Sometimes a plain disc with grooves on either side just isn’t enough, as these five examples of vinyl lunacy prove.
_Second Winter _(COLUMBIA, 1969)
Too many tracks for a single album, not enough for a double. What to do? Simple: release three sides of music along with a side of… nothing at all, actually. Well, oil was cheap in ’69. Gimmick or not, this arguably showcases the now-legendary Texan blues guitar man at his peak.
GAYE BIKERS ON ACID
Drill Your Own Hole (VIRGIN, 1987)
Standard bearers for the short-lived ‘grebo’ phenomenon that kept the UK music press busy for a year or so in the early 90s, Leicester’s Gaye Bykers were inveterate mischief-makers. Their unhinged and chaotic debut LP came, as you may have guessed, without a hole in the middle. That meant – in Benny Hill terms – there was nowhere to slot your spindle. None more DIY.
Brave (EMI, 1994)
There’s just one way of listening to Brave, the dark tale of a girl found wandering on a bridge with no inkling of her own identity, and that’s on vinyl. Drop the needle down on to the plastic and, depending upon which of two grooves in which it lands, a cunning alternative ending to the story is revealed.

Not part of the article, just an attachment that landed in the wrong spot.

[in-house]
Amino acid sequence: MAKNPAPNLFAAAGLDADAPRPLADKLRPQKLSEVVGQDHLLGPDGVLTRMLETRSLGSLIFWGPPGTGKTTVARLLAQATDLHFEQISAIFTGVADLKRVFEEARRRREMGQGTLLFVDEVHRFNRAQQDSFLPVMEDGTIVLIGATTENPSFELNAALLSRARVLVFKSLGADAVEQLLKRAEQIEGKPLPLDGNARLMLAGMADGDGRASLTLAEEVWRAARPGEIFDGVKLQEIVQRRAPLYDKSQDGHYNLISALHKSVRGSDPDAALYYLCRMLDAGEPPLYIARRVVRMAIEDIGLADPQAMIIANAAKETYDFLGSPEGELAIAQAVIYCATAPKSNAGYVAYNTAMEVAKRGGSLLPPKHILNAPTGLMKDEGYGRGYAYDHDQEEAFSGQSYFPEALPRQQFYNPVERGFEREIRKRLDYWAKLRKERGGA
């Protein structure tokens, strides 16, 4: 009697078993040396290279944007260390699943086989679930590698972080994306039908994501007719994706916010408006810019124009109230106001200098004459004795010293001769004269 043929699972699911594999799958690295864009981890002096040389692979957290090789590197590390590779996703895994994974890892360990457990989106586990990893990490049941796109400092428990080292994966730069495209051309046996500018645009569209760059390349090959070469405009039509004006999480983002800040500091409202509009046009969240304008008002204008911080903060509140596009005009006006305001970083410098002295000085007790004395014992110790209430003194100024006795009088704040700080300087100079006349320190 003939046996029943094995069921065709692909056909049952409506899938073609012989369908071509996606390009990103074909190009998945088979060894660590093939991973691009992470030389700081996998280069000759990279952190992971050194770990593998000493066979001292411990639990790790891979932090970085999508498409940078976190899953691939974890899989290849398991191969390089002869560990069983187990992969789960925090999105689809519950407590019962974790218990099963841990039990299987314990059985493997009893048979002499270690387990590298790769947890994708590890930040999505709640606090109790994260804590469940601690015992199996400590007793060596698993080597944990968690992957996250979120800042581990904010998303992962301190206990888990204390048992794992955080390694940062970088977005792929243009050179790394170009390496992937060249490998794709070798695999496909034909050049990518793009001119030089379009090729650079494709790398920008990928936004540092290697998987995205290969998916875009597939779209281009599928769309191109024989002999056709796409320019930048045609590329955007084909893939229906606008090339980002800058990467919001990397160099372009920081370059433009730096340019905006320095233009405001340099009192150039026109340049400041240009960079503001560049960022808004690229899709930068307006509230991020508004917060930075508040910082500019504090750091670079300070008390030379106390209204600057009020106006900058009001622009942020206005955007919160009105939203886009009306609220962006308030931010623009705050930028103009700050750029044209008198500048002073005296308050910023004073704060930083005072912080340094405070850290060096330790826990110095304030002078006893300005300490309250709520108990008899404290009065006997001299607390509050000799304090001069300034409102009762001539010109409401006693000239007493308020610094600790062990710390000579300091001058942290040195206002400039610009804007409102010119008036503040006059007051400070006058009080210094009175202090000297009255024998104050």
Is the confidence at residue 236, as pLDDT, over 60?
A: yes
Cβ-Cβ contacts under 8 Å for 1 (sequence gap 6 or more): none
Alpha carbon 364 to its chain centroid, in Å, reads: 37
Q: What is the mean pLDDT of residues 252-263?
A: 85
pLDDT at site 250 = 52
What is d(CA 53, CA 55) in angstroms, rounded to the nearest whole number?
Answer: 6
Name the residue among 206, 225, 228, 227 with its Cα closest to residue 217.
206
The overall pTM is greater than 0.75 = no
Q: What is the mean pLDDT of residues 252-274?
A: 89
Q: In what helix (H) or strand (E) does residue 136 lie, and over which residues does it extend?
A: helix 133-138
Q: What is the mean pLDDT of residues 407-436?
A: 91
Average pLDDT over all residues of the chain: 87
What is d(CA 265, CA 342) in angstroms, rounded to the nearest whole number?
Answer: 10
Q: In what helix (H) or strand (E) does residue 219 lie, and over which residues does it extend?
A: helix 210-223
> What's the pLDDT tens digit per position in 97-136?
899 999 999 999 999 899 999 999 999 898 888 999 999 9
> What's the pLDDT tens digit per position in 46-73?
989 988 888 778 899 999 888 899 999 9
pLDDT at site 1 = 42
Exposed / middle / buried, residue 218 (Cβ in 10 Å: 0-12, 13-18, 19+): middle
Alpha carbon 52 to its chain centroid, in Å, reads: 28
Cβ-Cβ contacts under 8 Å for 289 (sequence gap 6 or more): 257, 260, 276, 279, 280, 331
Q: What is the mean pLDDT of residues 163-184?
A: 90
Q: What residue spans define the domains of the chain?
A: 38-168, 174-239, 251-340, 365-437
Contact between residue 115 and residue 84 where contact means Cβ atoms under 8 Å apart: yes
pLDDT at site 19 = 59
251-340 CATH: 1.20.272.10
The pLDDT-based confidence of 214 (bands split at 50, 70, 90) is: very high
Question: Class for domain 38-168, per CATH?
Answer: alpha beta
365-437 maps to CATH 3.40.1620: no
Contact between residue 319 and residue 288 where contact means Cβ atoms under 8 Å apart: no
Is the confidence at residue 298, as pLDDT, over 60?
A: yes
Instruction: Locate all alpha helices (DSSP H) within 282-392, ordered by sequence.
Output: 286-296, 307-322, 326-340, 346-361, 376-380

Disco Volante (WARNER BROS, 1995)
A strong contender for ‘weirdest major label album ever’, the second Mr Bungle album would have been mind-bending anyway, but the vinyl version featured a dual groove on track three of side one, wherein lurked demented curio The Secret Song. Disco Volante also came with a bonus seven-inch single by Trey Spruance’s Secret Chiefs 3. Result.
**JACK WHITE **
Lazaretto: Ultra Edition (THIRD MAN, 2014)
The patron saint of vinyl was at his most playful here, with tricks that included two bonus tracks concealed beneath the centre labels, a Side A that played from inside-out, and a ‘dual-groove’ that meant Just One Drink started with either an acoustic or electric intro, depending where you dropped the needle. Oh, and the music wasn’t bad either.